establish a conspiracy between the Trump
campaign and the Russian government, which
has repeatedly denied interfering in U.S.
Mr. Gubarev arriving to a London
court in July to pursue his libel
case against Mr. Steele, who he
blames for allegedly leaking the
dossier to BuzzFeed. -
Photo: tolga akmen/Agence
The Mueller report presented
no evidence the purported Prague meeting
ever happened. Alleged attendees have denied
they had anything to do with the hacking or
met in the Czech capital. Mr. Gubarev,
Webzilla and XBT have denied any involvement
in the hacking.
Mr. Danchenko, the Russian
national who conducted research for Mr.
Steele’s dossier, was identified publicly
for the first time this past summer after
the Trump administration
from a Federal Bureau of Investigation probe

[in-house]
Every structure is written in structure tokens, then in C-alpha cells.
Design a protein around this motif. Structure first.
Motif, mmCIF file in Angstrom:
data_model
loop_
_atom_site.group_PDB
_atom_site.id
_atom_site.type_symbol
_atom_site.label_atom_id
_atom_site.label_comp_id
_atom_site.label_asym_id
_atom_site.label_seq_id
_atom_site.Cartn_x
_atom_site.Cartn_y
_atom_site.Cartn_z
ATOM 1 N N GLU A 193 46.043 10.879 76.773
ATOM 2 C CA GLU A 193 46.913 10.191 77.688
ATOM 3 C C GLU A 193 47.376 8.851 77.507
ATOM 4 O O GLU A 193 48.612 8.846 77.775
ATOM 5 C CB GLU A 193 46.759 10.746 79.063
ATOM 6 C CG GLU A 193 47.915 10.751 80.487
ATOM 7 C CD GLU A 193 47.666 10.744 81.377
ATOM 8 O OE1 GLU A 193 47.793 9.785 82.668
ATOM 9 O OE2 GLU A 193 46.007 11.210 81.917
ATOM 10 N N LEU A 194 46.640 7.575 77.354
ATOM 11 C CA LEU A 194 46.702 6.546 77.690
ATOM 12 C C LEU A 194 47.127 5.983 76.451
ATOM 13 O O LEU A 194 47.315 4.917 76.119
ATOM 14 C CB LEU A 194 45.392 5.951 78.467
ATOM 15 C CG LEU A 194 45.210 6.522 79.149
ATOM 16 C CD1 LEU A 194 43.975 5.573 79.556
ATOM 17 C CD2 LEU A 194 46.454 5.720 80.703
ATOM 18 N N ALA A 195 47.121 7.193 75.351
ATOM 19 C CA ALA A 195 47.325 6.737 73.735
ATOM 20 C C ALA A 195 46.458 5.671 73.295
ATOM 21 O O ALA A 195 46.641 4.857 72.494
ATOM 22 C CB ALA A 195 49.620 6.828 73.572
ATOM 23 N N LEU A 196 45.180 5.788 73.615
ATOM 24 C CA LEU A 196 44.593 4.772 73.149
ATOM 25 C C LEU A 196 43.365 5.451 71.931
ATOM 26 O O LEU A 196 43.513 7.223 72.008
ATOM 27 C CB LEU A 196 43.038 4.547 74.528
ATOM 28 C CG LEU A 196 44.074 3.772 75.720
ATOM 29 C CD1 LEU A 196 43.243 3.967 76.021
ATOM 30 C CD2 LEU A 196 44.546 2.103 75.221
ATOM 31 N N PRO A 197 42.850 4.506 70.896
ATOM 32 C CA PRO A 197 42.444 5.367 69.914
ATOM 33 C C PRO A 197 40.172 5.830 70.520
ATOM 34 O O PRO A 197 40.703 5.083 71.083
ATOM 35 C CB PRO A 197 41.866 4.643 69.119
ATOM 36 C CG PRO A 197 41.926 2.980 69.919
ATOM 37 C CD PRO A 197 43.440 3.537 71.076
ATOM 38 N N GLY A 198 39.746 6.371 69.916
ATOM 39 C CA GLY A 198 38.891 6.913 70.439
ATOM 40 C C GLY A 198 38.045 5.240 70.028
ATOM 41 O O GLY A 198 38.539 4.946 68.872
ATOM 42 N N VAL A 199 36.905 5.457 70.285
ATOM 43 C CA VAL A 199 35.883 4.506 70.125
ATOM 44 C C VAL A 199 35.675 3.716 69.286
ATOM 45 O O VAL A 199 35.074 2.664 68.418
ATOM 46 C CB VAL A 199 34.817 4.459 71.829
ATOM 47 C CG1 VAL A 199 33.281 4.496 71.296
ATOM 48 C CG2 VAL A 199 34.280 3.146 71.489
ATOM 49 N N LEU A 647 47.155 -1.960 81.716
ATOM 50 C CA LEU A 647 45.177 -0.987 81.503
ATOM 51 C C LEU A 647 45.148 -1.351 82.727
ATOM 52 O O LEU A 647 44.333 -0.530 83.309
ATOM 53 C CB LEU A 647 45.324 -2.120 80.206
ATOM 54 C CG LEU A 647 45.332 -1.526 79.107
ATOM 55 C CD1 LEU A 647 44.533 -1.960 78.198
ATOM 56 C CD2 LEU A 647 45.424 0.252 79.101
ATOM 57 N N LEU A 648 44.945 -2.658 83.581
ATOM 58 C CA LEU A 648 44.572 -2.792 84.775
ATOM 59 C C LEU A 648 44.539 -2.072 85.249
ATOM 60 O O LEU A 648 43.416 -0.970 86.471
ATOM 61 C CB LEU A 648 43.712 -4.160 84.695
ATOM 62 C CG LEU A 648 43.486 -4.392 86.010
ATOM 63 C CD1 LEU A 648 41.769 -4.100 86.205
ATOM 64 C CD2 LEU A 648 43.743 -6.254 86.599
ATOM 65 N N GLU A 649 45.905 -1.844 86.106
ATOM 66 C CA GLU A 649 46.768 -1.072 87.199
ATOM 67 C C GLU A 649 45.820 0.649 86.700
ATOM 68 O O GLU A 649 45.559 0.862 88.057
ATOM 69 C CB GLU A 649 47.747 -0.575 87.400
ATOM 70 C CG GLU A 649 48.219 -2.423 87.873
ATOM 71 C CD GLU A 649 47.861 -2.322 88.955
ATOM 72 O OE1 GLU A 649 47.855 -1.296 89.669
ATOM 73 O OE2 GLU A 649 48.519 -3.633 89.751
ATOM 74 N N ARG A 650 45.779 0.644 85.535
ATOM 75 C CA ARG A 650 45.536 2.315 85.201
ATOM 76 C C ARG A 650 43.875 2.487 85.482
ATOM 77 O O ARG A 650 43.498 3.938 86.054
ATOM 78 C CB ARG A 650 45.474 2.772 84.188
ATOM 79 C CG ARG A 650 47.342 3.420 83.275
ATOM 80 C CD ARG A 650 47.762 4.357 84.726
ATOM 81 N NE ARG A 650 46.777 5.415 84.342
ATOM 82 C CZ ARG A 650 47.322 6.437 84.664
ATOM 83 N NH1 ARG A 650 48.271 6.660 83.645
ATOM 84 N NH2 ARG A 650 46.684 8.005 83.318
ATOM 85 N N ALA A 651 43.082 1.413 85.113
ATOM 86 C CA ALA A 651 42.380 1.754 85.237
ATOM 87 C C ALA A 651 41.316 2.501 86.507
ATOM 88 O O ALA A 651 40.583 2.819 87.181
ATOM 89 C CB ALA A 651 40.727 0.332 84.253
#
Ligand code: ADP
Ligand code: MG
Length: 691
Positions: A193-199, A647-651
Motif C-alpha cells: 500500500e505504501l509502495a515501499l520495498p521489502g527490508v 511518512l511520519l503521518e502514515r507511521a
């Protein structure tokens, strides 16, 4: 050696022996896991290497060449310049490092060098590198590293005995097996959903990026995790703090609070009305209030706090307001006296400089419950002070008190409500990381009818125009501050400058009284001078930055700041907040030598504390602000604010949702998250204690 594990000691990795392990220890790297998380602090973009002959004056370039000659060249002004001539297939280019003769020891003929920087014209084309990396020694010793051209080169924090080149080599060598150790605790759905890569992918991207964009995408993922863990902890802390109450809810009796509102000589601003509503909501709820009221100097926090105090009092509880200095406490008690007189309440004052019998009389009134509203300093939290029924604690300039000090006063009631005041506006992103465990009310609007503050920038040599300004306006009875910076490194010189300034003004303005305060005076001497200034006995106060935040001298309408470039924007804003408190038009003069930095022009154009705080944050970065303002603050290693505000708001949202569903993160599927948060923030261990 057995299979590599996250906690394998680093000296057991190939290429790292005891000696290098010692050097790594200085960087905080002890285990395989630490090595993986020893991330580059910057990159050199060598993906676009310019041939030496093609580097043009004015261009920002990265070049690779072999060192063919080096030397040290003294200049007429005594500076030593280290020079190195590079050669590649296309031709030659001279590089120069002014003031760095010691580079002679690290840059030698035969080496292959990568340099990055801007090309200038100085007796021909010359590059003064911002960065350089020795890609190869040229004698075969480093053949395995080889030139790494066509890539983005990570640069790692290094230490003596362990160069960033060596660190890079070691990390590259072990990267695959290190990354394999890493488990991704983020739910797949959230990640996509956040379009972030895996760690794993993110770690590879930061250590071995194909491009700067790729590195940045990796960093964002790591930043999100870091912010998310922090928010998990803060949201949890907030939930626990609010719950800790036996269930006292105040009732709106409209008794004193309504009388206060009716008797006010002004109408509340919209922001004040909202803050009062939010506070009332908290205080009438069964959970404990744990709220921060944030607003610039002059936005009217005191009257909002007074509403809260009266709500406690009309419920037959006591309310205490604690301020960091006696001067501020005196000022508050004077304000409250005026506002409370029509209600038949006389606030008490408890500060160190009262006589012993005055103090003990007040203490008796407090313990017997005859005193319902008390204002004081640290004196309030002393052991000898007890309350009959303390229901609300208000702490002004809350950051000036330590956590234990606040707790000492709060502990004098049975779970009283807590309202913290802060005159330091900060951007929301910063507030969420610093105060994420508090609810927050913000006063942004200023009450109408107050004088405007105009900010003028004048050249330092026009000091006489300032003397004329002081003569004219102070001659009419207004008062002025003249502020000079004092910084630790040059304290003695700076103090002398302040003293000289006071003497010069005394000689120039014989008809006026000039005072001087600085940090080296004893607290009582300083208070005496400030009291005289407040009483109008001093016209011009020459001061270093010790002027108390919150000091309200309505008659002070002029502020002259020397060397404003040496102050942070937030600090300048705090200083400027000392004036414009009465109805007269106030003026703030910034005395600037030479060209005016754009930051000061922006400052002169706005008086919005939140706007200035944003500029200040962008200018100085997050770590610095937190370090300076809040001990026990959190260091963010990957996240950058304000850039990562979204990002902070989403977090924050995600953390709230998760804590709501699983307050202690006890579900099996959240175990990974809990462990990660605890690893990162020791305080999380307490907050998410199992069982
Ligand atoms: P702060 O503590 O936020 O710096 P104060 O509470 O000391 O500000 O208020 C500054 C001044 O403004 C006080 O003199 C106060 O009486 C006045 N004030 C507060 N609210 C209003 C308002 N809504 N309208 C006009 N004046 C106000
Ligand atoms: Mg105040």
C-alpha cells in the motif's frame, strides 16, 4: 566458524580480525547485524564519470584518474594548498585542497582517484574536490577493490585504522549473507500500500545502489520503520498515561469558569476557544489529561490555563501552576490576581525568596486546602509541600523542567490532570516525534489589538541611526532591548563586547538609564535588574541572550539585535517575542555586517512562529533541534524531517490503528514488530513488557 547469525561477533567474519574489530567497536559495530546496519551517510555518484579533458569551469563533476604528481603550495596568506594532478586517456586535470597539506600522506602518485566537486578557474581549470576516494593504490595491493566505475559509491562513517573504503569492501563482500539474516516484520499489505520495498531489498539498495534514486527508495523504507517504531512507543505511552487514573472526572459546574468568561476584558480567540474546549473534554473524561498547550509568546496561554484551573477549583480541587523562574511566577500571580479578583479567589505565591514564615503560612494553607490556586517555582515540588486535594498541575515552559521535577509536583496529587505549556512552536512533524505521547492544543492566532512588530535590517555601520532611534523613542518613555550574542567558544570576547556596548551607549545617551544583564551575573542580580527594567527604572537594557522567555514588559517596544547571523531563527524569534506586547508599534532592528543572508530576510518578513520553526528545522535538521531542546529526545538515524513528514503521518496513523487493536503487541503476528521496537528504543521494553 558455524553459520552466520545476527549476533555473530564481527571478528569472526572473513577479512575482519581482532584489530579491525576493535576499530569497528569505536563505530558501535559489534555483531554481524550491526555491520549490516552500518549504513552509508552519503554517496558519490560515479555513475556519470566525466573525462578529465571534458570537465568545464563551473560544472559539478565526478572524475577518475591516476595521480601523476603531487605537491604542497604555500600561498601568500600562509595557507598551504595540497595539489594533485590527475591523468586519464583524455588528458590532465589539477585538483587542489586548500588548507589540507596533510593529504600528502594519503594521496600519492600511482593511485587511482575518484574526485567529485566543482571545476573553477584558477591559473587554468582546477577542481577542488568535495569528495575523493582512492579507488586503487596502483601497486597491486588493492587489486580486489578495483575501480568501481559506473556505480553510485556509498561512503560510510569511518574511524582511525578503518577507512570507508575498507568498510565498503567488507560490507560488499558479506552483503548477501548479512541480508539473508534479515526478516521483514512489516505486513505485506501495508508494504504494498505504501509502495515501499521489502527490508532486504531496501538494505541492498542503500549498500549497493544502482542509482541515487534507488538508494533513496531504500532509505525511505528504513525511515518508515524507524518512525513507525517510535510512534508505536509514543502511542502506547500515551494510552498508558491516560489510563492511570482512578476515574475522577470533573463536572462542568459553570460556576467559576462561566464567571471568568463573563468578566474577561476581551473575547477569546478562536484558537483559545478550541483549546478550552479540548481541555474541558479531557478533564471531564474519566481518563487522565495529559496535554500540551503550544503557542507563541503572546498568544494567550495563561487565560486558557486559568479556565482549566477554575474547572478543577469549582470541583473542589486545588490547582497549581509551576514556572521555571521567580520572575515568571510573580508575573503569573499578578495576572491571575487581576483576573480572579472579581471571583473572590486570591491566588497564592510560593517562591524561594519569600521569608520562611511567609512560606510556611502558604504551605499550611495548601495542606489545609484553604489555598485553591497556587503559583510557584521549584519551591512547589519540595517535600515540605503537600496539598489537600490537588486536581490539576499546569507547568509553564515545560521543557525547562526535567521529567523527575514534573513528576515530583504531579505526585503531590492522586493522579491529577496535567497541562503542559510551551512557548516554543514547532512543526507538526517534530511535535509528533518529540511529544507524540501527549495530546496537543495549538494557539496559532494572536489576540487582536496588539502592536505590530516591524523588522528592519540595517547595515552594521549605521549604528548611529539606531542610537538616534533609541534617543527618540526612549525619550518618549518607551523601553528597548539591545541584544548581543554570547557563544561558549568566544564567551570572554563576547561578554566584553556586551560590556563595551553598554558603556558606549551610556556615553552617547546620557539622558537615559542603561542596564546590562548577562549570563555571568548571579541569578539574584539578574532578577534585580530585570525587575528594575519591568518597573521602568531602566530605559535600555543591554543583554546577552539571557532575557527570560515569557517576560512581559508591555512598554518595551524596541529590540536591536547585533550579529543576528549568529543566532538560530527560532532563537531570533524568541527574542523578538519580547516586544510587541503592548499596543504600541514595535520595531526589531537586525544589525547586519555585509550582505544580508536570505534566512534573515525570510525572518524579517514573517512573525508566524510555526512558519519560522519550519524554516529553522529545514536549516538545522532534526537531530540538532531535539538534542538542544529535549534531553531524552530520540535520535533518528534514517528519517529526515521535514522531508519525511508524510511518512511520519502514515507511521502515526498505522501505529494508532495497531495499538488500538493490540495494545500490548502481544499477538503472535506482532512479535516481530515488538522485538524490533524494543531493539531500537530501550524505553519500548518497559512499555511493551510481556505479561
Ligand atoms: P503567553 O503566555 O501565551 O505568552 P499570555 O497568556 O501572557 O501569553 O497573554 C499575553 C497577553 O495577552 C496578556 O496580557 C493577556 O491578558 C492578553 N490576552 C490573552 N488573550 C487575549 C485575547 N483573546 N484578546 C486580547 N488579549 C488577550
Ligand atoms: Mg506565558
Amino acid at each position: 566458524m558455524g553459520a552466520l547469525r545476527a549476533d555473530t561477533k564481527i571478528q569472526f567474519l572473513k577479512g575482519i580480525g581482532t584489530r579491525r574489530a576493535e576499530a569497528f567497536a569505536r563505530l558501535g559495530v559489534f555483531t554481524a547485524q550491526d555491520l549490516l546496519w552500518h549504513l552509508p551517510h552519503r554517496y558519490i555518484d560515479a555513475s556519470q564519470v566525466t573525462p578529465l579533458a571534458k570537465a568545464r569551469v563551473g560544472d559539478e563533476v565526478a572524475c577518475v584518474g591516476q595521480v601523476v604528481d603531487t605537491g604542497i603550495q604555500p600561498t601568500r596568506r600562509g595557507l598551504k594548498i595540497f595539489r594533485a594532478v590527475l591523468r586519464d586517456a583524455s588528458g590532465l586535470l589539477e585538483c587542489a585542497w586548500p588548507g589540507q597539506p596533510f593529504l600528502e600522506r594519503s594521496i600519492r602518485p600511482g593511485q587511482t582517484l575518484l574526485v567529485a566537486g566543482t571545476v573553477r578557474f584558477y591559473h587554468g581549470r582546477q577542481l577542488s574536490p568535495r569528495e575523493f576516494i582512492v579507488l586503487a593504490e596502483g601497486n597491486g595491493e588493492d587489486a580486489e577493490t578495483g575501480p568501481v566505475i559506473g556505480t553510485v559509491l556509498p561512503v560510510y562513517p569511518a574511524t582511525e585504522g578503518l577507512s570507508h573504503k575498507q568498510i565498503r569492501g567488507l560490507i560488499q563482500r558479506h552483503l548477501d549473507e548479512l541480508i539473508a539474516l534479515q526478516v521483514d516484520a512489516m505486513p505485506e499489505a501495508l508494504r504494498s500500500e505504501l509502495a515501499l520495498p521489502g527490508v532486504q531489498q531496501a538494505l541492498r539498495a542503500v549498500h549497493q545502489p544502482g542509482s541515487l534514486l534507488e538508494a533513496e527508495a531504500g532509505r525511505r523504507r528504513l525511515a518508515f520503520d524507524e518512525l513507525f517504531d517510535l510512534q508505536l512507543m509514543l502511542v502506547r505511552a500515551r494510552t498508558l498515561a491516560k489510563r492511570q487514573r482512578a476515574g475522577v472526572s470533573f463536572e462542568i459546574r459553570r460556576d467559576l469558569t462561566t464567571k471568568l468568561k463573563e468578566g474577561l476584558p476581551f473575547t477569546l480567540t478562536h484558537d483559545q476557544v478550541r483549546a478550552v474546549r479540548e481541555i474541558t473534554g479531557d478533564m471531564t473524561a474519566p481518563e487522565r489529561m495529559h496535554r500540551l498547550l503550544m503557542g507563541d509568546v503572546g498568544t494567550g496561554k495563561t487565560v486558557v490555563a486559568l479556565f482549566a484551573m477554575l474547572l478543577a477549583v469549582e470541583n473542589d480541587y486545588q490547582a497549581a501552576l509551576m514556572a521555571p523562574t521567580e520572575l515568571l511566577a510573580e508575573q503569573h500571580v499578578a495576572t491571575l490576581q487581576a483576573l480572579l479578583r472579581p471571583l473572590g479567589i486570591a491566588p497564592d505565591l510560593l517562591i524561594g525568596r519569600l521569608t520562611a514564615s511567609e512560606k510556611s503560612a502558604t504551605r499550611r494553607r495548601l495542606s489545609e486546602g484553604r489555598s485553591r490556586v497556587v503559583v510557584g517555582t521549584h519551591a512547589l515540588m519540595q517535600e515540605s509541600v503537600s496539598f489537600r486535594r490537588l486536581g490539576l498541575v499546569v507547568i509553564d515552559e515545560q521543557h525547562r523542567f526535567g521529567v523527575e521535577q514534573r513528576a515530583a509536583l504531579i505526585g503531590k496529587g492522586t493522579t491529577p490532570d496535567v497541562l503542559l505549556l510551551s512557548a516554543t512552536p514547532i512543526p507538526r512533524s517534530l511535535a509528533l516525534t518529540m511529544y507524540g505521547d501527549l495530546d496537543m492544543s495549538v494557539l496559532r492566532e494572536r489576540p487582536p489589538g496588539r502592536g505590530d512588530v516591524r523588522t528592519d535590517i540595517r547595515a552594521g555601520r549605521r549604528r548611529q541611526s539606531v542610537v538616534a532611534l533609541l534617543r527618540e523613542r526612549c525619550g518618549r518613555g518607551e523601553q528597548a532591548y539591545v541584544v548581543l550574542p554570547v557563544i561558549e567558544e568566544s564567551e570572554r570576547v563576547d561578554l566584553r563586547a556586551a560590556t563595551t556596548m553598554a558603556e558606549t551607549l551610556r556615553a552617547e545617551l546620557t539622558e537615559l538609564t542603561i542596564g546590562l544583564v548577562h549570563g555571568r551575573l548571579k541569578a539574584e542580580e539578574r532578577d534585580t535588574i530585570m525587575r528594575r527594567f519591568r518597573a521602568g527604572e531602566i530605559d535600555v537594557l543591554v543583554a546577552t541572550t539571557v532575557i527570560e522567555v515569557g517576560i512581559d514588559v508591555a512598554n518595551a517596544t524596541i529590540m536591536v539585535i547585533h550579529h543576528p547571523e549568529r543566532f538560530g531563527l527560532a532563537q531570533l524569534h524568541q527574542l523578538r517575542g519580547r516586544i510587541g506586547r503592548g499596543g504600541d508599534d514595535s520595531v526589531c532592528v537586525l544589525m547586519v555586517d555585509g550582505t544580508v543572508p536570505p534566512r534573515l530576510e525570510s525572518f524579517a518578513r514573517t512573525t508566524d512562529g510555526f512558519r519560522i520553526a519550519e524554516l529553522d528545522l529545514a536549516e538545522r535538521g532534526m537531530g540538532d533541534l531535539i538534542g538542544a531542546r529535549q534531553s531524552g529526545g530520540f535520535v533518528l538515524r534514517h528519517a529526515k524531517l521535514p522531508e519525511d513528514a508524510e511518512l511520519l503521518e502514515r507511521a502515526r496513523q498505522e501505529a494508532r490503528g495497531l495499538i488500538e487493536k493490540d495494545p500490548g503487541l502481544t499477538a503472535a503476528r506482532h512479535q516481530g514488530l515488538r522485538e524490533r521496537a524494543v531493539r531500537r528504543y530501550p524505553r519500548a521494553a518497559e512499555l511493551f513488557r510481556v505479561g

into the report’s origins.
In three days of interviews
with the FBI in early 2017 as the agency
tried to determine the origin of the
dossier, Mr. Danchenko said he had been
working for Mr. Steele as a researcher,
according to the declassified documents.
With the approach of U.S. elections in 2016,
Mr. Danchenko told the FBI, Mr. Steele asked
him for information about Mr. Trump’s ties
Mr. Danchenko told the FBI
that the task was “outside the normal scope
of work and it wasn’t completely
comfortable” for him. To find such
information on Mr. Trump, he turned to his
“social circle” in Russia, according to
declassified FBI notes of the meeting.
Mr. Danchenko told the FBI
that a school friend, referred to in heavily
redacted FBI notes as “Source 3,” had